Thirteen humpback whales were tagged with multi-sensor digital recording tags (DTAGs, v2; [6]) with a Fastloc-GPS logger (F2G 134A, Sirtrack, New Zealand) mounted on top, at northern latitudes between 74.00° and 79.03° and eastern longitudes between 9.79° and 20.68° in 2011 and 2012 (Table 1). The tags were attached to each whale with suction cups using a pneumatic tag launching system (ARTS; [72]) or using a 15-m carbon fibre pole, cantilevered in a bow-mounted oarlock [75]. The DTAGs had 1 or 2 hydrophones and recorded sound with 16-bit resolution, at 96 kHz sampling rate. The DTAGs also recorded 50 Hz pressure, temperature, tri-axial acceleration and tri-axial magnetic field-strength data. Prior to tag deployment, the internal clock of the DTAG was set to local time (synced to 1 s) using a GPS receiver. Fastloc-GPS loggers were configured to record a GPS snapshot almost instantaneously after the device emerged from the water during a surfacing of the whale. The minimum time interval between GPS snapshots was set to 30 s.
Table 1

Summary of the data sets

Whale

DTAG ID

FGPS ID

Initial position

Track duration

Position fixes

Model runtime

Latitude

Longitude

Visual

FGPS

°N

°E

h

#

#

h

1

mn11_157a

29 420

75.141

14.603

14.7

105

451

22.5

2

mn11_158a

29 409

74.832

16.715

7.6

70

20

0.8

3

mn11_160a

29 409

74.651

15.236

13.0

116

0

1.0

4

mn11_165e

29 409

78.074

11.824

11.3

123

205

7.6

5

mn11_176b

-

77.563

12.537

2.9

44

-

0.2

6

mn12_161a

29 420, 29 510

77.556

11.277

10.9

186

0

2.6

7

mn12_164a

29 409

77.798

10.073

7.7

122

391

17.1

8

mn12_164b

29 409

77.824

9.793

3.8

68

100

2.3

9

mn12_170b

29 409

77.512

11.633

8.3

87

249

21.6

10

mn12_171b

29 409, 29 510

79.032

10.612

7.8

127

646

78.4

11

mn12_178a

29 420

74.867

17.767

7.6

50

159

4.2

12

mn12_179a

29 420

74.051

20.675

8.5

75

202

6.0

13

mn12_180b

29 409, 29 420

73.993

20.398

7.6

115

730

54.7

For each humpback whale are given the IDs of the DTAG and Fastloc-GPS loggers, geographical coordinates of the initial observed position, track duration, number of position fixes obtained by visual observation and Fastloc-GPS, and computational runtime of the model. The DTAG ID contains information about the species, year, Julian day and tag-of-day; for example, ‘mn11_157a’ refers to the first tag (‘a’) deployed on a humpback whale (Megaptera novaeangliae) on day 157 of 2011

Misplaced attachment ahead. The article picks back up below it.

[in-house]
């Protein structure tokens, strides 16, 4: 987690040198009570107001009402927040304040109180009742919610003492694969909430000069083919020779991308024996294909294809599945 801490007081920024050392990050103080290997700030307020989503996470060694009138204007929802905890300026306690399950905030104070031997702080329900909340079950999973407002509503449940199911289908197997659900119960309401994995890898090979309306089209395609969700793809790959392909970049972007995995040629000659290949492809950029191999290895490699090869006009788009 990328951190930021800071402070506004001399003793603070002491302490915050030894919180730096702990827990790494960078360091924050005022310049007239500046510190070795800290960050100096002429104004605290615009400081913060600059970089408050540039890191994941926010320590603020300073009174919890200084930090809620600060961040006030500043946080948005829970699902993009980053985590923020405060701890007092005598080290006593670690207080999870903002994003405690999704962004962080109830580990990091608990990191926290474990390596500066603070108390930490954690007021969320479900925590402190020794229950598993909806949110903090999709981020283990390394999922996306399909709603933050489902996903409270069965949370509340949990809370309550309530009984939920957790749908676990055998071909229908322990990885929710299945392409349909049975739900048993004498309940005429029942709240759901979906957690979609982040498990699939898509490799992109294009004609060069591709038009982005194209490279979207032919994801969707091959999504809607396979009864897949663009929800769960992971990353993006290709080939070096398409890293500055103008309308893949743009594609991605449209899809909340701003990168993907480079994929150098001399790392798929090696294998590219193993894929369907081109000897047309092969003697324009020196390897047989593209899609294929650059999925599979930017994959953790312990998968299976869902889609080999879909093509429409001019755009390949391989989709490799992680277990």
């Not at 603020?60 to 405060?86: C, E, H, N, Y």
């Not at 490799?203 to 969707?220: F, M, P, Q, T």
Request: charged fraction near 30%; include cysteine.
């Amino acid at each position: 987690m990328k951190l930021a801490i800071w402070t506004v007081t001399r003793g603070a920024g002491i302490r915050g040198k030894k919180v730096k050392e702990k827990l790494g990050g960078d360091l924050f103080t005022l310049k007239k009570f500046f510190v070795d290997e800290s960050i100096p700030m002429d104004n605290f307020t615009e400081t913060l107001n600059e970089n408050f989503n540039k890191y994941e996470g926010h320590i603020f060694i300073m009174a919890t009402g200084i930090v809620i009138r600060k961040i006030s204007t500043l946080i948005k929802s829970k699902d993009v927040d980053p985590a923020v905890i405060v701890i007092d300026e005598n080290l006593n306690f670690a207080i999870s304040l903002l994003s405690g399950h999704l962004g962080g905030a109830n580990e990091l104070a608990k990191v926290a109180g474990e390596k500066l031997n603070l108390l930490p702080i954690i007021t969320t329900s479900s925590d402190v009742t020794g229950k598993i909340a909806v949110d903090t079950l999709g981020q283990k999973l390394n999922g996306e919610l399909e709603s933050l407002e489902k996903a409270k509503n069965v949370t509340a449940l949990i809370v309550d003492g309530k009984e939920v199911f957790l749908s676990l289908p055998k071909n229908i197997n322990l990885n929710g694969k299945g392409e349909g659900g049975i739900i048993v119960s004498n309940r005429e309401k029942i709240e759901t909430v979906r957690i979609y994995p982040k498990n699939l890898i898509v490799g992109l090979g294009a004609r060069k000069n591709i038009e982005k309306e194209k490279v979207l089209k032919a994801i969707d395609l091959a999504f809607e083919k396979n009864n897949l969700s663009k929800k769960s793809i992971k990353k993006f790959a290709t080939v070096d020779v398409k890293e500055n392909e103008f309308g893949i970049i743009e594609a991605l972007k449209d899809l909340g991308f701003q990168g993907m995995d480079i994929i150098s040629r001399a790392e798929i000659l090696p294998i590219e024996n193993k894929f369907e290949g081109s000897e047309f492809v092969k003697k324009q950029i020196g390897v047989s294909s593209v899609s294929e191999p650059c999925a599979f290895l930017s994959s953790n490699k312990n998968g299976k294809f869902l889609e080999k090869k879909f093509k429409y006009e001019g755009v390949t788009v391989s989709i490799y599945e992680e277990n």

Focal follows of tagged humpback whales were conducted from an 8-m long water jet propulsion boat with an elevated observer platform. Each tag contained a very high frequency (VHF) radio beacon which aided tracking of tagged whales. The observers on the platform measured the angle to the whale relative to the boat’s heading using a protractor at the time of the animal’s first surfacing observed at least 2 min after the previous sighting was recorded. Simultaneously, the (radial) line-of-sight distance to the whale was measured using a laser range finder (LRF), or estimated by eye. Because the eye height was only ~3 m, we assumed that the difference between the line-of-sight distance and the distance over the earth’s surface [76] was negligible. To aid locating the whale at the surface, angles-of-arrival of the VHF signals from the tag were made visible to observers by a digital radio direction finder system (DFHorten, ASJ Electronic Design, Horten, Norway) connected to four 4-element Yagi antennas. All visual tracking information (e.g. range, bearing, coordinated universal time (UTC), range estimation method, and GPS positions of the observation boat at 1-s intervals) were stored in a MS Access database via the software Logger (International Fund for Animal Welfare, Yarmouth Port, MA); the data collection protocol is described in more detail elsewhere ([71]).

Dedicated accuracy tests

Fastloc-GPS

We conducted ‘dry’ tests with Fastloc-GPS loggers in 2011 and 2012 at four sites (56.33°N, 2.78°W; 69.68°N, 18.99°E; 78.24°N, 15.54°E; 64.92°N, 23.25°W) to quantify the spatial accuracy of each data logger. Measurements were collected with the same three loggers (device IDs: 29 409, 29 420, and 29 510) that were deployed on humpback whales. During the calibration tests, the three devices were in a stationary position, spaced >25 cm apart, and recorded GPS snapshots every 30 s in an outdoor space with an open view of the sky. We used manufacturer-provided software (Archival USB, v1.11, PathTrack, UK) to offload the pseudoranges and convert them into position estimates based upon the relevant daily broadcast satellite ephemeris data. Information stored for each spatial location included the UTC time stamp, number of GPS satellites used in the position calculation, and the residual value of the position solution.